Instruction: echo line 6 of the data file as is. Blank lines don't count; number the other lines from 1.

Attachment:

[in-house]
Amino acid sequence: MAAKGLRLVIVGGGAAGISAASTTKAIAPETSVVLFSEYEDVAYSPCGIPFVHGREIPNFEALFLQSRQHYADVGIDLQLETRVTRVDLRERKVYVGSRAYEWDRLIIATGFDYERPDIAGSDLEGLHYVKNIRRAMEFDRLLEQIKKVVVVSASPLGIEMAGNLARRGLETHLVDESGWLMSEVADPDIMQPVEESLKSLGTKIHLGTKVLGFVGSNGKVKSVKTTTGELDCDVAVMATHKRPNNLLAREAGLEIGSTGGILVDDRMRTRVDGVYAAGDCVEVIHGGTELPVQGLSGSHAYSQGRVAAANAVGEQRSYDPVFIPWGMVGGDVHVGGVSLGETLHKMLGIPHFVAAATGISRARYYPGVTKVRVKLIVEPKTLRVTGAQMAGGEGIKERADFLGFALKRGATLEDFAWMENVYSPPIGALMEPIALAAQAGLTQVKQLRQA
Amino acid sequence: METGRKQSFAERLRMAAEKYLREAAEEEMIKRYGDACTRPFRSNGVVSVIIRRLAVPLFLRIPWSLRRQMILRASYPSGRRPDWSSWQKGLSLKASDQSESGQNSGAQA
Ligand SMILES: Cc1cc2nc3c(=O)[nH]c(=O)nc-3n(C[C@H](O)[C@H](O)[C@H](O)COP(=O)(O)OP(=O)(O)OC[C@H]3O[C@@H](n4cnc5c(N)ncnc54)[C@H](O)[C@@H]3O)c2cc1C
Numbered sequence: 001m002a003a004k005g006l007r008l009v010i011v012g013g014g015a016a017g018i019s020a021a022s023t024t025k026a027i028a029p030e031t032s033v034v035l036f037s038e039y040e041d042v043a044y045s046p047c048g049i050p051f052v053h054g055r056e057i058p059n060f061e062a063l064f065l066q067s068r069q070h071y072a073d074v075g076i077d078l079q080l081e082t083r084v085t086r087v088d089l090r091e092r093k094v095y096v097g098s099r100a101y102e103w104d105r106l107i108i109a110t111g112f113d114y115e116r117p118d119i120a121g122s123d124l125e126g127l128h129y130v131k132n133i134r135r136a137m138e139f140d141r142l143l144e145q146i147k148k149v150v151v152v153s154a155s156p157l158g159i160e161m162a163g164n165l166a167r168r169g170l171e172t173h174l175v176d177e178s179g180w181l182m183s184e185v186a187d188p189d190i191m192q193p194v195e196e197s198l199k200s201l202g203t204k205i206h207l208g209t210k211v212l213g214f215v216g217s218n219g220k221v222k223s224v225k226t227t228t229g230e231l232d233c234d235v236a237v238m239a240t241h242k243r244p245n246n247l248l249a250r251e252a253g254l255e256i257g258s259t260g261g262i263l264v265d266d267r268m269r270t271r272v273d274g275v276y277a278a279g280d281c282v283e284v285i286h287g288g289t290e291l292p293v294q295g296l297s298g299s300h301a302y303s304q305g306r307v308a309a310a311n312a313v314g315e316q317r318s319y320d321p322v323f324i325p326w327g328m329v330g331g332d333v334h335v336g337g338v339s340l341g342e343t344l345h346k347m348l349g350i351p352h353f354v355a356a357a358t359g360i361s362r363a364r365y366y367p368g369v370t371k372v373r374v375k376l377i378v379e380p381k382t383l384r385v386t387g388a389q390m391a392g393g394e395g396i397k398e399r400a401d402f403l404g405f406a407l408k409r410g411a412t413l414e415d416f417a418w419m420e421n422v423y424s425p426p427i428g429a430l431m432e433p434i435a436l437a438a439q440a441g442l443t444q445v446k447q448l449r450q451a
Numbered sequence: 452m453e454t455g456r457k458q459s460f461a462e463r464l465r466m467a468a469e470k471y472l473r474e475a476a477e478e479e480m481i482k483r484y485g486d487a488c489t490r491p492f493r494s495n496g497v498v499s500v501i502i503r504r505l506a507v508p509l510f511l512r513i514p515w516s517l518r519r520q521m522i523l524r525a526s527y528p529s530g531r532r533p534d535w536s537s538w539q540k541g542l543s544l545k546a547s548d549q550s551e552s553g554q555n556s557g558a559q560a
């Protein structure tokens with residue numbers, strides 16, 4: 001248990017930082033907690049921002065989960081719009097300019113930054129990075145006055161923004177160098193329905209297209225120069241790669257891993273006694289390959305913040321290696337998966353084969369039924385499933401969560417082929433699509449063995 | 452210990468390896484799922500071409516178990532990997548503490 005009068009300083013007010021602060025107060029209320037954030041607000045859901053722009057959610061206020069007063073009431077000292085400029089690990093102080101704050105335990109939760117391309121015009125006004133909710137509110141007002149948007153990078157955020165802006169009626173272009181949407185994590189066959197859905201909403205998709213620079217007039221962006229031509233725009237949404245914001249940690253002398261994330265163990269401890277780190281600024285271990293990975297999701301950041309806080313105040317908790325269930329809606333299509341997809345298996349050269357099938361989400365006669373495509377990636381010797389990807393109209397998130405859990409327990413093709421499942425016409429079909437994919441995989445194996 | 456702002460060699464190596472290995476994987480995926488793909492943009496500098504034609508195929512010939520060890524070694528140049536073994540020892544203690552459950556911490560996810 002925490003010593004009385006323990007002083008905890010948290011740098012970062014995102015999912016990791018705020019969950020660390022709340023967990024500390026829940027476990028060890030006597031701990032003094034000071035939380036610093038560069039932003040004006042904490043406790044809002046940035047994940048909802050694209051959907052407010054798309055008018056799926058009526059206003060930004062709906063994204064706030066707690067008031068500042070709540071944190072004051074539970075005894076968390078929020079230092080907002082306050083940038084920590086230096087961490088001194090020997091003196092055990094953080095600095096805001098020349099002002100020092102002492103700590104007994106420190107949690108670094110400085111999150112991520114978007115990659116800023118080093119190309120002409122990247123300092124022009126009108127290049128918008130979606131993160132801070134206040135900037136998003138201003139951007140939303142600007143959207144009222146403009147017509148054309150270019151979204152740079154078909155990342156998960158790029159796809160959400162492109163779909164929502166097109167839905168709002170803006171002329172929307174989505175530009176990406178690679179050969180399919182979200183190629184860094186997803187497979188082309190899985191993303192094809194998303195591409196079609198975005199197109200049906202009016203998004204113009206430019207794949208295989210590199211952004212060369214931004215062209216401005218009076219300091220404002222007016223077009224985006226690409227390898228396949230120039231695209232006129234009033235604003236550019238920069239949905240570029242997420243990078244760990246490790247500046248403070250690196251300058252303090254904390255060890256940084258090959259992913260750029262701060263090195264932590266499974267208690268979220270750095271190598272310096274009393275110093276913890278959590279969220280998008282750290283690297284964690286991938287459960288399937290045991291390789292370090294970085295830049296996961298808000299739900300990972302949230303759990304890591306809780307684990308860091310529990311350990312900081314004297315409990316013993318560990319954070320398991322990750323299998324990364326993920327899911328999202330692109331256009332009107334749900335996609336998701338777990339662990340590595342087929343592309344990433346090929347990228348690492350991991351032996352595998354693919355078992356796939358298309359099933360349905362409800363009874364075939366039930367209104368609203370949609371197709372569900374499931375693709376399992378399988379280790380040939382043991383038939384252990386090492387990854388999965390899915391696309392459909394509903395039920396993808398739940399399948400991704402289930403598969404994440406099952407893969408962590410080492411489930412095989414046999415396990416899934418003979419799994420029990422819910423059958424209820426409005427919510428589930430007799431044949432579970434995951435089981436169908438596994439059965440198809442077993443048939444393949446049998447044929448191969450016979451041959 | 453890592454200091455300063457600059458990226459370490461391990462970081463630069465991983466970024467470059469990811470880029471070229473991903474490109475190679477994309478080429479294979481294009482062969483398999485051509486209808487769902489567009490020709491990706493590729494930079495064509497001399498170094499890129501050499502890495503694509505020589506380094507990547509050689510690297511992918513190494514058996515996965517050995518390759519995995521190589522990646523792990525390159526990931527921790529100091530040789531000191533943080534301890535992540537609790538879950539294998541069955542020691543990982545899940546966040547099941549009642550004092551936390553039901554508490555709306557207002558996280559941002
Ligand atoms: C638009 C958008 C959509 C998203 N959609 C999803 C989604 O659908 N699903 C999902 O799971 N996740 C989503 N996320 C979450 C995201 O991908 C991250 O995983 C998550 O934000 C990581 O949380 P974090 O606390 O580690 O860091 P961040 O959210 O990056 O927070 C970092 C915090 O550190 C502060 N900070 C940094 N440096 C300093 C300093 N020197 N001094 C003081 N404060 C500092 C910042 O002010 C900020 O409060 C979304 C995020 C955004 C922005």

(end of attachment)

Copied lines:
Numbered sequence: 452m453e454t455g456r457k458q459s460f461a462e463r464l465r466m467a468a469e470k471y472l473r474e475a476a477e478e479e480m481i482k483r484y485g486d487a488c489t490r491p492f493r494s495n496g497v498v499s500v501i502i503r504r505l506a507v508p509l510f511l512r513i514p515w516s517l518r519r520q521m522i523l524r525a526s527y528p529s530g531r532r533p534d535w536s537s538w539q540k541g542l543s544l545k546a547s548d549q550s551e552s553g554q555n556s557g558a559q560a